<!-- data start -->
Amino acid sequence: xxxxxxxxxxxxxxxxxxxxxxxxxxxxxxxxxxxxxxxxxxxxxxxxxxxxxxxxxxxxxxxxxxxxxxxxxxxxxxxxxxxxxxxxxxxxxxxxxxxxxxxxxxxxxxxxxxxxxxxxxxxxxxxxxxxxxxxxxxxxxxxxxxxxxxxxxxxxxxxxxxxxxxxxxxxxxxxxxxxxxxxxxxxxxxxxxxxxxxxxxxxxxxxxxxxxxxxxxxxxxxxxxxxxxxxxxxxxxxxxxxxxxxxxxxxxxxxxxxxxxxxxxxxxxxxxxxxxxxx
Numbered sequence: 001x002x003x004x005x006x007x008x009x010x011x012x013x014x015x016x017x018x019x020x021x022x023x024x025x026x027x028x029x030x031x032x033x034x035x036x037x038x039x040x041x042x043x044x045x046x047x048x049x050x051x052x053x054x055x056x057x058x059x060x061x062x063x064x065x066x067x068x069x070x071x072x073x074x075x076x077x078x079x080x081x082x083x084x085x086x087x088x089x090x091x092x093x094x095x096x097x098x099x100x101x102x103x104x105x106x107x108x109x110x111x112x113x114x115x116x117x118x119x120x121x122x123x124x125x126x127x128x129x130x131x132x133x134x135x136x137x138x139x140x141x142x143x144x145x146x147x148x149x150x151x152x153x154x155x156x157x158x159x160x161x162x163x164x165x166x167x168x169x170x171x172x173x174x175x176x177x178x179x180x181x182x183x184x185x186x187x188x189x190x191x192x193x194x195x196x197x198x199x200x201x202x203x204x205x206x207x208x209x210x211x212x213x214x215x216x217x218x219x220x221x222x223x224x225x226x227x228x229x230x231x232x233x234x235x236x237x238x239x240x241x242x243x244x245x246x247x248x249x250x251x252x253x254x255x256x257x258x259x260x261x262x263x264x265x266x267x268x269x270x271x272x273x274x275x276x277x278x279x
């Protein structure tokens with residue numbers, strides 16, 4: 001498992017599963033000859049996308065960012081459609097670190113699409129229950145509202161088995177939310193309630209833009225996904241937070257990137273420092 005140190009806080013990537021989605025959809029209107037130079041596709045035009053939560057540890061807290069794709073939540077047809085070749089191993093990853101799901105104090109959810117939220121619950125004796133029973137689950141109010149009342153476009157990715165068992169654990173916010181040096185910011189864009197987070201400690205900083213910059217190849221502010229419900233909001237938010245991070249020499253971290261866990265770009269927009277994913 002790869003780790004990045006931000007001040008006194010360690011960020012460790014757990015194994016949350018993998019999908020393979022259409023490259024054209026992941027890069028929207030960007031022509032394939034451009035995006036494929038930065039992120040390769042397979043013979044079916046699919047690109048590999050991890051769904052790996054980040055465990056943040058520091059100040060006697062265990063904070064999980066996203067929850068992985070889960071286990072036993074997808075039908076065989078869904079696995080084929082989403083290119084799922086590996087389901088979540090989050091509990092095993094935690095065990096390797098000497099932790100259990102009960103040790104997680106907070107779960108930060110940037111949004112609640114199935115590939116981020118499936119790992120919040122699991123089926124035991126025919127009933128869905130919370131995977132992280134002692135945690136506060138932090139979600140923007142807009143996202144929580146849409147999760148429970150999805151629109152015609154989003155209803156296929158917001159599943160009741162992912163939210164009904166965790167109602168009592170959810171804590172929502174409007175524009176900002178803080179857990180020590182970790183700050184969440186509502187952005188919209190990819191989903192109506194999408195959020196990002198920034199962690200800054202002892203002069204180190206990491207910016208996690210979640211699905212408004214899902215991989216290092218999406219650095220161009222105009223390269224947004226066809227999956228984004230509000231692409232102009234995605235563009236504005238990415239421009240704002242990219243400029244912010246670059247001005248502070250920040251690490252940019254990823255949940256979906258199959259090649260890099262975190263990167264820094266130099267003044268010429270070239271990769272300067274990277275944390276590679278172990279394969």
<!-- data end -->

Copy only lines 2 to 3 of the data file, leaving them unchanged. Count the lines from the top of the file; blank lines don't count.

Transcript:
Numbered sequence: 001x002x003x004x005x006x007x008x009x010x011x012x013x014x015x016x017x018x019x020x021x022x023x024x025x026x027x028x029x030x031x032x033x034x035x036x037x038x039x040x041x042x043x044x045x046x047x048x049x050x051x052x053x054x055x056x057x058x059x060x061x062x063x064x065x066x067x068x069x070x071x072x073x074x075x076x077x078x079x080x081x082x083x084x085x086x087x088x089x090x091x092x093x094x095x096x097x098x099x100x101x102x103x104x105x106x107x108x109x110x111x112x113x114x115x116x117x118x119x120x121x122x123x124x125x126x127x128x129x130x131x132x133x134x135x136x137x138x139x140x141x142x143x144x145x146x147x148x149x150x151x152x153x154x155x156x157x158x159x160x161x162x163x164x165x166x167x168x169x170x171x172x173x174x175x176x177x178x179x180x181x182x183x184x185x186x187x188x189x190x191x192x193x194x195x196x197x198x199x200x201x202x203x204x205x206x207x208x209x210x211x212x213x214x215x216x217x218x219x220x221x222x223x224x225x226x227x228x229x230x231x232x233x234x235x236x237x238x239x240x241x242x243x244x245x246x247x248x249x250x251x252x253x254x255x256x257x258x259x260x261x262x263x264x265x266x267x268x269x270x271x272x273x274x275x276x277x278x279x
């Protein structure tokens with residue numbers, strides 16, 4: 001498992017599963033000859049996308065960012081459609097670190113699409129229950145509202161088995177939310193309630209833009225996904241937070257990137273420092 005140190009806080013990537021989605025959809029209107037130079041596709045035009053939560057540890061807290069794709073939540077047809085070749089191993093990853101799901105104090109959810117939220121619950125004796133029973137689950141109010149009342153476009157990715165068992169654990173916010181040096185910011189864009197987070201400690205900083213910059217190849221502010229419900233909001237938010245991070249020499253971290261866990265770009269927009277994913 002790869003780790004990045006931000007001040008006194010360690011960020012460790014757990015194994016949350018993998019999908020393979022259409023490259024054209026992941027890069028929207030960007031022509032394939034451009035995006036494929038930065039992120040390769042397979043013979044079916046699919047690109048590999050991890051769904052790996054980040055465990056943040058520091059100040060006697062265990063904070064999980066996203067929850068992985070889960071286990072036993074997808075039908076065989078869904079696995080084929082989403083290119084799922086590996087389901088979540090989050091509990092095993094935690095065990096390797098000497099932790100259990102009960103040790104997680106907070107779960108930060110940037111949004112609640114199935115590939116981020118499936119790992120919040122699991123089926124035991126025919127009933128869905130919370131995977132992280134002692135945690136506060138932090139979600140923007142807009143996202144929580146849409147999760148429970150999805151629109152015609154989003155209803156296929158917001159599943160009741162992912163939210164009904166965790167109602168009592170959810171804590172929502174409007175524009176900002178803080179857990180020590182970790183700050184969440186509502187952005188919209190990819191989903192109506194999408195959020196990002198920034199962690200800054202002892203002069204180190206990491207910016208996690210979640211699905212408004214899902215991989216290092218999406219650095220161009222105009223390269224947004226066809227999956228984004230509000231692409232102009234995605235563009236504005238990415239421009240704002242990219243400029244912010246670059247001005248502070250920040251690490252940019254990823255949940256979906258199959259090649260890099262975190263990167264820094266130099267003044268010429270070239271990769272300067274990277275944390276590679278172990279394969």